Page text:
KARACHI, Pakistan: Around 12 per cent of Pakistan population is suffering from diabetes and an equal percentage has pre-diabetes.
Most of these patients also have hypertension and dyslipidemia. There is an epidemic of non-communicable diseases, like diabetes, hypertension and dyslipidemia, in our region.
The impact of diabetes and its related disorders on human health can be minimized by controlling obesity, glucose, hypertension and dyslipidemia. Obesity is considered the fifth leading cause for global death.
Professor Dr. Tasnim Ahsan, Dean, Faculty of Endocrinology at College of Physicians and Surgeons, Former Executive Director, and Head of Department of Medicine at Jinnah Postgraduate Medical Centre, made these notions at a public awareness seminar entitled `The Role of Diet in Diabetes and Hypertension’, held at Professor Salimuzzaman Siddiqui Auditorium, International Center for Chemical and Biological Sciences(ICCBS), University of Karachi here on Monday.
Dr. Panjwani Center for Molecular Medicine and Drug Research (PCMD), University of Karachi and Virtual Education Project Pakistan (VEPP), jointly organised the seminar.
Professor Ahsan said that we have yet to conquer the communicable diseases, which turned into an epidemic. This double burden of diseases, poses a severe stress on the healthcare resources, she maintained.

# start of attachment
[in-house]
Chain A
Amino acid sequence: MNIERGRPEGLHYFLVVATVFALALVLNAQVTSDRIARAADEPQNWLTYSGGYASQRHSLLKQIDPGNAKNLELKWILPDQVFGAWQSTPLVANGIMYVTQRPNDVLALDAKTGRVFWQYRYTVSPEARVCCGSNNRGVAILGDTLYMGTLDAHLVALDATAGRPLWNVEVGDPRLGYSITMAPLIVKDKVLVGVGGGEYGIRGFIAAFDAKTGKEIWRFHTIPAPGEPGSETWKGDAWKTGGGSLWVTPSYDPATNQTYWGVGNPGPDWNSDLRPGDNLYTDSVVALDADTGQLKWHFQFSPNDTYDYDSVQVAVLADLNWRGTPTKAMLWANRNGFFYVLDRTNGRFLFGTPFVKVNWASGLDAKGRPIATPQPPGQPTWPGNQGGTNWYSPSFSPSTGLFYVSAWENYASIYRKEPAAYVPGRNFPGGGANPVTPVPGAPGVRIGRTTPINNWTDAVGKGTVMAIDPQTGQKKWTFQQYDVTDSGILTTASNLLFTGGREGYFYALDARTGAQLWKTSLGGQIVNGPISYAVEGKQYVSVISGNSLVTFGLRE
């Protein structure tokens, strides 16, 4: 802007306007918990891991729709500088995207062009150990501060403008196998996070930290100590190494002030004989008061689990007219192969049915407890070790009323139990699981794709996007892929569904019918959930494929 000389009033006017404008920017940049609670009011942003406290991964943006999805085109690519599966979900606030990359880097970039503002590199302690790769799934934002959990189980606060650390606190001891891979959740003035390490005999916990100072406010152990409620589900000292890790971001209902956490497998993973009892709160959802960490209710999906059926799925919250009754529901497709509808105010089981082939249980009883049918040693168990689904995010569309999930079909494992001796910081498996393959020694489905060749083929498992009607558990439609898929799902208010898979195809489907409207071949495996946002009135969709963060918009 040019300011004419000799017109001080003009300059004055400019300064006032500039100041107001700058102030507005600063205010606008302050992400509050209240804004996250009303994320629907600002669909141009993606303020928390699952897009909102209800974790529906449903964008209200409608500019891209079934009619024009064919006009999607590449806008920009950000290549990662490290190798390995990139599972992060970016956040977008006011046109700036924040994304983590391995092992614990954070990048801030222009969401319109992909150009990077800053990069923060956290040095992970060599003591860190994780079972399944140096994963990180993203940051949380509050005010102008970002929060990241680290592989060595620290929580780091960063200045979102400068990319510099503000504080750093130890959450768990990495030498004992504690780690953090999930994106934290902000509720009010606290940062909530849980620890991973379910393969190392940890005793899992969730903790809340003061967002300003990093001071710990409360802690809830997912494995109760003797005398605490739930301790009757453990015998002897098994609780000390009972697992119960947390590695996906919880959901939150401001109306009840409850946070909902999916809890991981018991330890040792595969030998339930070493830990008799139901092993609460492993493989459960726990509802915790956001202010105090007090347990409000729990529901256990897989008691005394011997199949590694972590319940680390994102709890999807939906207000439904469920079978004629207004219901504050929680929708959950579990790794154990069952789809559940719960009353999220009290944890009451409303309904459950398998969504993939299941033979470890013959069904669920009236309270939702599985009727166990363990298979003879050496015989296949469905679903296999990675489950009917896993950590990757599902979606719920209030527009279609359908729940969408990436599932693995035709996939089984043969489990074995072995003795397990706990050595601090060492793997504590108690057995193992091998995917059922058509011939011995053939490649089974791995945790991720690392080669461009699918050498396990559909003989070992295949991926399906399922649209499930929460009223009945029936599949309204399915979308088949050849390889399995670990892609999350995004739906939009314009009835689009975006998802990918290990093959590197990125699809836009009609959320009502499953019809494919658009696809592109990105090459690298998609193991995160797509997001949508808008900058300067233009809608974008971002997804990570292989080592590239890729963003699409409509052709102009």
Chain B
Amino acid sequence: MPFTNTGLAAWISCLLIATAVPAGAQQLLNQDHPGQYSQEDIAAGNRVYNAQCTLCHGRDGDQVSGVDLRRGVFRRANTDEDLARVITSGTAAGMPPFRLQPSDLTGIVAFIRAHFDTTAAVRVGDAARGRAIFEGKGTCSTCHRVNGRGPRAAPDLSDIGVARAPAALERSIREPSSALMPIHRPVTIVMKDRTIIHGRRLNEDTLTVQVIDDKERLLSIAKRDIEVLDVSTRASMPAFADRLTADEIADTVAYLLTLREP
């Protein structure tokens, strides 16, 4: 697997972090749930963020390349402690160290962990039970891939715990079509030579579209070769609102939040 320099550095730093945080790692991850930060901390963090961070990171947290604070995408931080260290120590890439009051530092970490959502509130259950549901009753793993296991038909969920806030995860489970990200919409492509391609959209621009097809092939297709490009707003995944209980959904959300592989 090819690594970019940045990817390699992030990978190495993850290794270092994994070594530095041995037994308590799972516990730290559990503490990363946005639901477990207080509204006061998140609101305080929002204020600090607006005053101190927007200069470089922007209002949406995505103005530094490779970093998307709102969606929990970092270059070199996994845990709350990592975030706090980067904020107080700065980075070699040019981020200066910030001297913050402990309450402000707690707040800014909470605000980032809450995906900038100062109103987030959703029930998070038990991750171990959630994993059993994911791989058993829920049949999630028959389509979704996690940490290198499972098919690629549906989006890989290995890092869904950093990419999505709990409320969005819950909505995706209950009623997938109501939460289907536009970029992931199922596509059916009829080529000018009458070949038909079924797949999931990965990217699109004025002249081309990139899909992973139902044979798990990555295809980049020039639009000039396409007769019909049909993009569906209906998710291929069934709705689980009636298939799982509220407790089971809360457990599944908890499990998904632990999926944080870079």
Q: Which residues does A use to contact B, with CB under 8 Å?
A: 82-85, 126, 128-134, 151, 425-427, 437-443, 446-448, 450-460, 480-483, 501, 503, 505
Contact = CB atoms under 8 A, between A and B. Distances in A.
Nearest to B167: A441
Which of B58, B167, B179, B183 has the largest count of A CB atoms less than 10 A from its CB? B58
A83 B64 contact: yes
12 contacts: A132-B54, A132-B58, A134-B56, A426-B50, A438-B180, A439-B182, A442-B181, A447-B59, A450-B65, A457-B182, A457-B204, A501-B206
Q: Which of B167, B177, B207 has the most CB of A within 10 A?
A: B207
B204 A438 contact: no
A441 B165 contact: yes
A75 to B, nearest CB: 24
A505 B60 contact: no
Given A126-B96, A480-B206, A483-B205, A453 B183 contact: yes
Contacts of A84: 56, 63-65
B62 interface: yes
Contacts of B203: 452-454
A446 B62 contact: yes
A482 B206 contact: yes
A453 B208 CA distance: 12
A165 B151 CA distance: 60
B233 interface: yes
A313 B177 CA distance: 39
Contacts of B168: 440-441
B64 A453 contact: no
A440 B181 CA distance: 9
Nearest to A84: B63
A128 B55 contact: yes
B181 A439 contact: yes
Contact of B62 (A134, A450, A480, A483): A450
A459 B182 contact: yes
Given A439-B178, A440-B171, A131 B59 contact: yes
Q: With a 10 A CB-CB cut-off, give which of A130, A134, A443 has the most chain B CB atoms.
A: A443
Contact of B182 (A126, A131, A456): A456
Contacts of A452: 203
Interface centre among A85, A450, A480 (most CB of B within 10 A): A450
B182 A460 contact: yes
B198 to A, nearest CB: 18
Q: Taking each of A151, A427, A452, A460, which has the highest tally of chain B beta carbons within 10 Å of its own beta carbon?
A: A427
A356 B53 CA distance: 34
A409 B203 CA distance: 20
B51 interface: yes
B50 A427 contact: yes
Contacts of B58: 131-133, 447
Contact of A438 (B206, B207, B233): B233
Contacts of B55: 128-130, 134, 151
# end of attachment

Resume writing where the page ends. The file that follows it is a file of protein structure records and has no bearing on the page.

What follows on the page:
This is really a matter of concern that Pakistan is amongst the top 10 countries with the highest number of cases of Diabetes, she said, adding that the rise of diabetes in our country is multi-factorial.
She said, ‘Apart from the risk conferred by genetic susceptibility, lifestyle, eating habits and the exponential rise in obesity play a huge role in un-masking the disease susceptibility.
Lifestyle and dietary interventions have been shown to reduce the risk of developing Diabetes by 58 per cent. The impact of diabetes and its related disorders on human health can be minimized by controlling obesity, glucose, hypertension and dyslipidemia’.
She said that apart from regular intake of medicines, adherence to the prescribed dietary and lifestyle interventions are essential for meeting treatment goals. Achieving the therapeutic targets for sugar, blood pressure, lipids and body weight will ensure delaying or even preventing the onset of complications, she added.
According to a survey, conducted in the schools of Karachi, about 29 per cent children belonging to middle income families are suffering from obesity, which is higher than the children of other income groups, she said, adding that worldwide, at least 2.8 million people die each year as a result of being overweight or obese.
She said, `Globally, hypertension is the third leading cause of deaths, while worldwide hypertension is estimated to cause 7.7 million deaths. In Pakistan around 24.3 per cent adults aged 18 and over are hypertensive’.
She stressed the need to educate people regarding the management of the disease as using a healthy lifestyle, taking good food, doing regular exercise and through `Natural Life Style’ this disease can be managed.